Spotlight series #65 : Melanie Dennis Unrau

Curated by Canadian writer, editor and publisher rob mclennan, the “spotlight” series appears the first Monday of every month.


S.C. Ells (1878–1971), also known as “the father of the tar sands,” was a civil servant who worked for the Department of Mines from 1913 to 1945, devoting most of those years to his dream of industrializing the Athabasca oil/tar sands.

“Envoi” is a poem written in response to the envoi Ells penned to conclude both his illustrated collection of short stories and poems titled Northland Trails and his memoir titled Recollections of the Development of the Athabasca Oil Sands. You can read Ells’s poem, “Epilogue,” as it appeared in the 1938 edition of Northland Trails, here. In it, Ells expresses what I take as a disingenuous wish to be buried in “on a wind swept ridge” near Fort McMurray, Alberta. Ells uses appropriated imagery and language to indigenize himself and make claims to belong on Chipewyan, Cree, and Métis territory (Treaty 8).

“Envoi” is also written in response to visiting Ells’s grave. While on a research trip to Ottawa (unceded Algonquin territory) to visit Ells’s fonds at the National Archive in 2018, I became curious about the final resting place of this man who claimed to love the “northland” so dearly yet who was also determined to be remembered as a “great man.” There is perhaps no better place for a so-called great Canadian to be buried than Beechwood Cemetery in Ottawa, but the cemetery and the land itself have been less than deferential to Ells.

Ells has never been remembered or credited as often as he would have liked for his contributions to the colonial-modernist project of industrializing the tar sands. I found a neglected and damaged gravesite in the cemetery, a sign that he receives few visits from grateful children of the petrostate. Yet, Ells was indeed a “great man” of the type whose monuments, effigies, and namesakes are now being toppled, removed, and revoked. My recent poetry engages with Ells as a problematic historical figure, father figure, colonizer, artist, and poet.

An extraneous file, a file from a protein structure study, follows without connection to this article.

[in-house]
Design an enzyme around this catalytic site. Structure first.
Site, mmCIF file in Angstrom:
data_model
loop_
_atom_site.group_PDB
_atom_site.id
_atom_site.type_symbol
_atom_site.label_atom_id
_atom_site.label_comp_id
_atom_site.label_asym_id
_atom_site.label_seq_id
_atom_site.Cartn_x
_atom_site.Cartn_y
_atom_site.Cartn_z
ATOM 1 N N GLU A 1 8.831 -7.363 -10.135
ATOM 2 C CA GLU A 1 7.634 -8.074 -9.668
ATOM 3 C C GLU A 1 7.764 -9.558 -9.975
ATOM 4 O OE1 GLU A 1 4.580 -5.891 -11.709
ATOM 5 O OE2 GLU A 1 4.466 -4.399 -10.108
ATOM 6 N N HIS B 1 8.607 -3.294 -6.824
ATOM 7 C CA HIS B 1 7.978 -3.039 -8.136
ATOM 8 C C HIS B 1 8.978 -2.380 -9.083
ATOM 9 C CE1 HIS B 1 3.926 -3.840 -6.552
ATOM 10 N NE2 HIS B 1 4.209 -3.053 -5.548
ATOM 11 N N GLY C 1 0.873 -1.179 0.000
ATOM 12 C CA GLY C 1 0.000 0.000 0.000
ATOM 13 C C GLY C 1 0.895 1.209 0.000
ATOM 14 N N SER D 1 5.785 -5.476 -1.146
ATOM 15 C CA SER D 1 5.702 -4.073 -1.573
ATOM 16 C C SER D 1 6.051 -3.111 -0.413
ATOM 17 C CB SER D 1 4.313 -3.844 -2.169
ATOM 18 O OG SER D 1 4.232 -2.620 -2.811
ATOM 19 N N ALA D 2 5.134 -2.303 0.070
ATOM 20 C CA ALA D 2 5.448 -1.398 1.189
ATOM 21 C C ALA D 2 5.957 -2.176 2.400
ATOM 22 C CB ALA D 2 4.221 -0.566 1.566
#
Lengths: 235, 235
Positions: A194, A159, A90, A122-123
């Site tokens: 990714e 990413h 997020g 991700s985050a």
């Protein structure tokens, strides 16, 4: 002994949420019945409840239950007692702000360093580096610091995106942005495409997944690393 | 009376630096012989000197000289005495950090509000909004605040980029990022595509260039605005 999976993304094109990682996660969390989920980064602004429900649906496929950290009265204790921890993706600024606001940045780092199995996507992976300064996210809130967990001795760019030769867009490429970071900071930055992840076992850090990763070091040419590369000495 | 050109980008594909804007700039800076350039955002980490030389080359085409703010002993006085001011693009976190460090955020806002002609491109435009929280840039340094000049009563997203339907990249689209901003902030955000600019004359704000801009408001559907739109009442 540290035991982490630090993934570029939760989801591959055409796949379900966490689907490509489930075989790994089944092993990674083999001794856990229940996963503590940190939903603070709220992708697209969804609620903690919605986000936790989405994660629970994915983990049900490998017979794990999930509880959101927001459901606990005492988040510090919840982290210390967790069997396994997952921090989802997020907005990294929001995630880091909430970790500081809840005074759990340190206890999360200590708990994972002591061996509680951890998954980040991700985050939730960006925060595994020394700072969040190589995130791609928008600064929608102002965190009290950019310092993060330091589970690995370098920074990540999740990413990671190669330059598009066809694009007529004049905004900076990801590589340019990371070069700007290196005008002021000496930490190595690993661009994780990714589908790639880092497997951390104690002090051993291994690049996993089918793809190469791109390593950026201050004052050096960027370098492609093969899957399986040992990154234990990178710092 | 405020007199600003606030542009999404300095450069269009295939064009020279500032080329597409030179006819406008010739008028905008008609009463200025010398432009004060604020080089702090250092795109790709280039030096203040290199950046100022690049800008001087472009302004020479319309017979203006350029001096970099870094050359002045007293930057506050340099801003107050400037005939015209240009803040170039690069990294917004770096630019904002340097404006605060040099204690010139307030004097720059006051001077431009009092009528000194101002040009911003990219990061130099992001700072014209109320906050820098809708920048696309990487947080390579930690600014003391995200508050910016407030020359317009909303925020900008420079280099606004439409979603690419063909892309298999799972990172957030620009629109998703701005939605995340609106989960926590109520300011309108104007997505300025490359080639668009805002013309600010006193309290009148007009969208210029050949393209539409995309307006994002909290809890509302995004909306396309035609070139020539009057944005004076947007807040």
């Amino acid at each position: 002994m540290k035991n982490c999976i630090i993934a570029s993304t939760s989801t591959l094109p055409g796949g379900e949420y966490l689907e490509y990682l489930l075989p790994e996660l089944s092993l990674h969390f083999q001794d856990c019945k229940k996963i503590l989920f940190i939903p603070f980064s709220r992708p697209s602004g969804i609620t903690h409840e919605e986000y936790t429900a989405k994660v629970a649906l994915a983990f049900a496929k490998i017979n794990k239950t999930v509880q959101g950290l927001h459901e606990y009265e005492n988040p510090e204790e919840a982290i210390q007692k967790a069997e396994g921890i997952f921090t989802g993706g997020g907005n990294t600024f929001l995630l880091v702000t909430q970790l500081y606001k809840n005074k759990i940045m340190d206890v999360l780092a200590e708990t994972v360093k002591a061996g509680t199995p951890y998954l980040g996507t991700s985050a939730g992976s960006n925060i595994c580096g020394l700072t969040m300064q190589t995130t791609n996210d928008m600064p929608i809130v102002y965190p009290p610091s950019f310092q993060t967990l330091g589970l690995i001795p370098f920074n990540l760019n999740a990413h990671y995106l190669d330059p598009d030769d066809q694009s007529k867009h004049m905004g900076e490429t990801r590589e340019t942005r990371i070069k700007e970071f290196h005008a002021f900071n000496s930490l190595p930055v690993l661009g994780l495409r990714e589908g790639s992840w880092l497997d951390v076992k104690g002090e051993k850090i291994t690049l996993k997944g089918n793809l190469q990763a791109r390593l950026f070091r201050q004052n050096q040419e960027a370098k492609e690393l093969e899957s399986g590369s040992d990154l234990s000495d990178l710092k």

Sid Ells
father of us all
who milked oil from bituminous sands
and wished to be buried under
a certain northland tree
lies in the Beechwood Cemetery
that crowded city of dead
war heroes
prime ministers
and poets

On your first visit
to croon a lullaby to old daddy-o
you can’t find him
your restless feet hurry above his head
Next morning during business hours
directed to the same spot
you had paced before
you find Sid wordless for once
holding ground beside parents and siblings
in this stale Canadian Who’s Who

Sid does rest under a tree
does stretch his buckskinned feet [sic]
where furry things sometimes play
where perhaps it was those old friends
those tricksters
who turned his stone
nose down
rolled his grave over him

You can’t read its bottom side
half covered with grass
nor Sid’s name
spelled backward in the land
upon which
he always longed
to make an impression

The Goose: My northland symphony!




Whirr of wings



muted music

wild free harmony


call call call calling
Awake, Awake!’

Clamour clangor clear
strident clangor strident clamour of triumphant cry
triumphant cry
triumphant clarion triumphant clarion cries


Gabbling gabbling gabbing
strident voice honking honking
honking clangor
clangor of clangor of many many voices
clamor of many voices


a last farewell
calling faintly down
a last farewell

call down a faint farewell

The Goose: Fancy

From highways of the sky, I hear
muted music, gray-winged,
a northland symphony
sent down

Triumphant clarion calls of
Stout-hearted sky-wanderers,
heralds of the verdant Spring
flying north to freedom
their northern home

With winnowing wings and strident voice
marshalling their wavering wedges
companies and battalions for the long flight
riders of the autumn gales call farewell

I fancy a-winging across the northern wilderness

Melanie Dennis Unrau respectfully acknowledges the original caretakers of the land known as Treaty 1/Winnipeg, where she lives as a guest of mixed European ancestry on the traditional territory of the Anishinaabeg, Cree, Oji-Cree, Dakota, and Dene peoples and the homeland of the Métis Nation. Melanie is a SSHRC Postdoctoral Fellow in English and Comparative Literature at Columbia University and a Research Affiliate at the University of Manitoba Institute for the Humanities. She is the author of Happiness Threads: The Unborn Poems (Muses’ Company, 2013), a former editor and poetry editor at Geez magazine, and a former co-editor of The Goose: A Journal of Arts, Environment, and Culture in Canada. Her poetry has appeared in Lemon Hound, Dusie, Geez, Rhubarb, Intotemak, the book Exposed (Muses’ Company, 2002), in exhibitions at Mentoring Artists for Women’s Art in Winnipeg, and elsewhere. Melanie recently edited an issue of G U E S T: a journal of guest editors on the theme of petropoetics.

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